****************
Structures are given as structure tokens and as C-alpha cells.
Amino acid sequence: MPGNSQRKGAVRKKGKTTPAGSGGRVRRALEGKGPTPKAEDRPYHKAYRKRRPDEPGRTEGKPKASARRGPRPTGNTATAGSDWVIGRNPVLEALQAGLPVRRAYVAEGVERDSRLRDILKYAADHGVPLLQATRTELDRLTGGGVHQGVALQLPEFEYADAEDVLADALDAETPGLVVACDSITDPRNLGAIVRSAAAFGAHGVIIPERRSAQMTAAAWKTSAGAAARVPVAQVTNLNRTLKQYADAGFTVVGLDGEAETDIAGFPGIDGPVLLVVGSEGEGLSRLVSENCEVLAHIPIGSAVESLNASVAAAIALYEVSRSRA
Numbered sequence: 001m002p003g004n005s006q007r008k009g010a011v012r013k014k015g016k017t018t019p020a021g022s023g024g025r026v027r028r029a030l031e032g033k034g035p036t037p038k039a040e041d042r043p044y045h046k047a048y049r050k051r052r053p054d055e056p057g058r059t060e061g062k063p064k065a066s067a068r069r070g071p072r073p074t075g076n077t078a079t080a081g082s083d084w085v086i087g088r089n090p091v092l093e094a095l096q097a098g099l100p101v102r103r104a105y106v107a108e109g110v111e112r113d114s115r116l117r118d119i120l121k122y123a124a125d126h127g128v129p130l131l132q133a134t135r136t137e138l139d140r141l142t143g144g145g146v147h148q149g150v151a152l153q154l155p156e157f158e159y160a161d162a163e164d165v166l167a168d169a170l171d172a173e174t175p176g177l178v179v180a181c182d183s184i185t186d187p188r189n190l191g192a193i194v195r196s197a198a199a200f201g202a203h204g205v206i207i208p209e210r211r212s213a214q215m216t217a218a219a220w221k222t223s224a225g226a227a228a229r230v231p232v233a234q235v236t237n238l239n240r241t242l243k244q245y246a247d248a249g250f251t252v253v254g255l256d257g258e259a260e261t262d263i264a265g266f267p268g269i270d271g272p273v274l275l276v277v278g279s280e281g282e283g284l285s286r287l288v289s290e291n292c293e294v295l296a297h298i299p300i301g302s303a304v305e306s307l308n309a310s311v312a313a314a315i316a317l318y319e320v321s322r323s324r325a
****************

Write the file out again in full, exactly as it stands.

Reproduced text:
Structures are given as structure tokens and as C-alpha cells.
Amino acid sequence: MPGNSQRKGAVRKKGKTTPAGSGGRVRRALEGKGPTPKAEDRPYHKAYRKRRPDEPGRTEGKPKASARRGPRPTGNTATAGSDWVIGRNPVLEALQAGLPVRRAYVAEGVERDSRLRDILKYAADHGVPLLQATRTELDRLTGGGVHQGVALQLPEFEYADAEDVLADALDAETPGLVVACDSITDPRNLGAIVRSAAAFGAHGVIIPERRSAQMTAAAWKTSAGAAARVPVAQVTNLNRTLKQYADAGFTVVGLDGEAETDIAGFPGIDGPVLLVVGSEGEGLSRLVSENCEVLAHIPIGSAVESLNASVAAAIALYEVSRSRA
Numbered sequence: 001m002p003g004n005s006q007r008k009g010a011v012r013k014k015g016k017t018t019p020a021g022s023g024g025r026v027r028r029a030l031e032g033k034g035p036t037p038k039a040e041d042r043p044y045h046k047a048y049r050k051r052r053p054d055e056p057g058r059t060e061g062k063p064k065a066s067a068r069r070g071p072r073p074t075g076n077t078a079t080a081g082s083d084w085v086i087g088r089n090p091v092l093e094a095l096q097a098g099l100p101v102r103r104a105y106v107a108e109g110v111e112r113d114s115r116l117r118d119i120l121k122y123a124a125d126h127g128v129p130l131l132q133a134t135r136t137e138l139d140r141l142t143g144g145g146v147h148q149g150v151a152l153q154l155p156e157f158e159y160a161d162a163e164d165v166l167a168d169a170l171d172a173e174t175p176g177l178v179v180a181c182d183s184i185t186d187p188r189n190l191g192a193i194v195r196s197a198a199a200f201g202a203h204g205v206i207i208p209e210r211r212s213a214q215m216t217a218a219a220w221k222t223s224a225g226a227a228a229r230v231p232v233a234q235v236t237n238l239n240r241t242l243k244q245y246a247d248a249g250f251t252v253v254g255l256d257g258e259a260e261t262d263i264a265g266f267p268g269i270d271g272p273v274l275l276v277v278g279s280e281g282e283g284l285s286r287l288v289s290e291n292c293e294v295l296a297h298i299p300i301g302s303a304v305e306s307l308n309a310s311v312a313a314a315i316a317l318y319e320v321s322r323s324r325a